Author(s): Fischer ME, Cruickshanks KJ, Schubert CR, Pinto A, Klein R, Pankratz N, Pankow JS, Huang GH. Factors related to fungiform papillae density: the Beaver Dam Offspring Study. Chem Senses. 2013 Oct;38(8):669-77. doi: 10.1093/chemse/bjt033. Epub 2013 Jul 2. PMID 23821729
Journal: Chemical Senses, Volume 38, Issue 8, Oct 2013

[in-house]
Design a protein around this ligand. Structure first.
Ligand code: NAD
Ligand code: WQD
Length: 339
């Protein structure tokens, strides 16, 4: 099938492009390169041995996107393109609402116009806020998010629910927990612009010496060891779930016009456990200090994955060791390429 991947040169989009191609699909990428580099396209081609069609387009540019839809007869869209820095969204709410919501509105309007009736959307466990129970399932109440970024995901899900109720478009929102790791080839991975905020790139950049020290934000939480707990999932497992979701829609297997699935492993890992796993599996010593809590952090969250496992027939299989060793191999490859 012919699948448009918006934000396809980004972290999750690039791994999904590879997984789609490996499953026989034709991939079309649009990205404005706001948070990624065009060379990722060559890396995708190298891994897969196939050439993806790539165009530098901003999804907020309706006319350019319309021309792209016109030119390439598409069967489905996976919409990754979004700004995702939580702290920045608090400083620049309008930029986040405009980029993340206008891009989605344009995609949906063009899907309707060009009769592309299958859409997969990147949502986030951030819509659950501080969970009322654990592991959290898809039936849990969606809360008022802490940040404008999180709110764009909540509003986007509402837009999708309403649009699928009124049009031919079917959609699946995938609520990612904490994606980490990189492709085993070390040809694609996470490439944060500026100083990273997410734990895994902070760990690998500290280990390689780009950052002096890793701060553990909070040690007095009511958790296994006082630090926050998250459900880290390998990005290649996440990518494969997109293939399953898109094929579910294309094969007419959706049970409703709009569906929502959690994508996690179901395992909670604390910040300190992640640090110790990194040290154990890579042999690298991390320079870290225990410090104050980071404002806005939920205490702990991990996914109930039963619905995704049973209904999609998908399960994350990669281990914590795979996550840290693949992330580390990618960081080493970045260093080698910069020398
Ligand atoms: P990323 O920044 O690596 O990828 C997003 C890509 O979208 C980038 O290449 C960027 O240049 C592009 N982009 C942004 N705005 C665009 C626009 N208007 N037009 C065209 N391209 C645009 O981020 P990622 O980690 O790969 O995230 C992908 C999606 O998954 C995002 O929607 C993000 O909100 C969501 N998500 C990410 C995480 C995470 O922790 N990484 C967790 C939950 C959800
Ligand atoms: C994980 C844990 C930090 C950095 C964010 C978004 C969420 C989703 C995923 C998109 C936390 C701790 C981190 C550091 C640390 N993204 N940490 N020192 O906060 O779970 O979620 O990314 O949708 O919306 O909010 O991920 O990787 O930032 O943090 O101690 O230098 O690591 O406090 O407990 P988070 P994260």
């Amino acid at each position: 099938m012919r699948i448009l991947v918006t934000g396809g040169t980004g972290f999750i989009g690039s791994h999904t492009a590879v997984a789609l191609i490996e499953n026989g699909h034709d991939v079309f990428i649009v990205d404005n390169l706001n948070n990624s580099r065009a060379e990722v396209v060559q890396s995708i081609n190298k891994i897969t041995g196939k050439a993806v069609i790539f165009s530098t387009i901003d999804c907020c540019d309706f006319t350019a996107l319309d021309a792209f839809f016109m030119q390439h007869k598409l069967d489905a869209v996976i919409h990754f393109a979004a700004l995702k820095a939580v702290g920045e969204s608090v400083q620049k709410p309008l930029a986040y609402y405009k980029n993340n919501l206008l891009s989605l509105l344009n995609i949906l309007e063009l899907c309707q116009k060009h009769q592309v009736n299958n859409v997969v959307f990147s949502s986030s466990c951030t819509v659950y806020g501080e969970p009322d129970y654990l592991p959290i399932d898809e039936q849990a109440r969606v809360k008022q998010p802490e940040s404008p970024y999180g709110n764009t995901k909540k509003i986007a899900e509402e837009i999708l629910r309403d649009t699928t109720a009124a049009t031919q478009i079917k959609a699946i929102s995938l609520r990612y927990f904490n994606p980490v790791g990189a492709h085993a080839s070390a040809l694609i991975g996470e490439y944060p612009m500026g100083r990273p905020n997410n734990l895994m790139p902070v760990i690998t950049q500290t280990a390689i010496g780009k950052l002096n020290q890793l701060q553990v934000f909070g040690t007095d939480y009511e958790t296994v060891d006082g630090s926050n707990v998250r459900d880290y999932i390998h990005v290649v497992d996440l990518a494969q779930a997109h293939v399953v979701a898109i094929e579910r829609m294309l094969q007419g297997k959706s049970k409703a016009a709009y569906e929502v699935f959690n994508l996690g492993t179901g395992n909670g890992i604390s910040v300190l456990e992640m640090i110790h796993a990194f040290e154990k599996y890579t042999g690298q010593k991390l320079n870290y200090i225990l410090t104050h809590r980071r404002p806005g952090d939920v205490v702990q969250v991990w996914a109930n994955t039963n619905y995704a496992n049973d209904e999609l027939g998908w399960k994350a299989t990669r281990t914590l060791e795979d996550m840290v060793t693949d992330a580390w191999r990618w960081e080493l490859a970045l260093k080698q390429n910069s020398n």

The distribution of fungiform papillae density and associated factors were examined in the Beaver Dam Offspring Study. Data were from 2371 participants (mean age = 48.8 years, range = 21-84 years) with 1108 males and 1263 females. Fungiform papillae were highlighted with blue food coloring and the number of fungiform papillae within a standard 6-mm circle was counted. Whole mouth suprathreshold taste intensity was measured. The mean fungiform papillae density was 103.5 papillae/cm(2) (range = 0-212.2 papillae/cm(2)). For each 5-year increase in age, the mean fungiform papillae density was 2.8 papillae/cm(2) lower and the mean density for males was 10.2 papillae/cm(2) lower than for females. Smokers had significantly lower mean densities (former smokers: -5.1 papillae/cm(2); current smokers: -9.3 papillae/cm(2)) than nonsmokers, and heavy alcohol drinkers had a mean density that was 4.7 papillae/cm(2) lower than nonheavy drinkers. Solvent exposure was related to a significantly higher density (+6.8 papillae/cm(2)). The heritability estimate for fungiform papillae density was 40.2%. Propylthiouracil taster status, TAS2R38 haplotype, and perceived taste intensity were not related to density. In summary, wide variability in fungiform papillae density was observed and a number of related factors were found including the modifiable factors of smoking and alcohol consumption.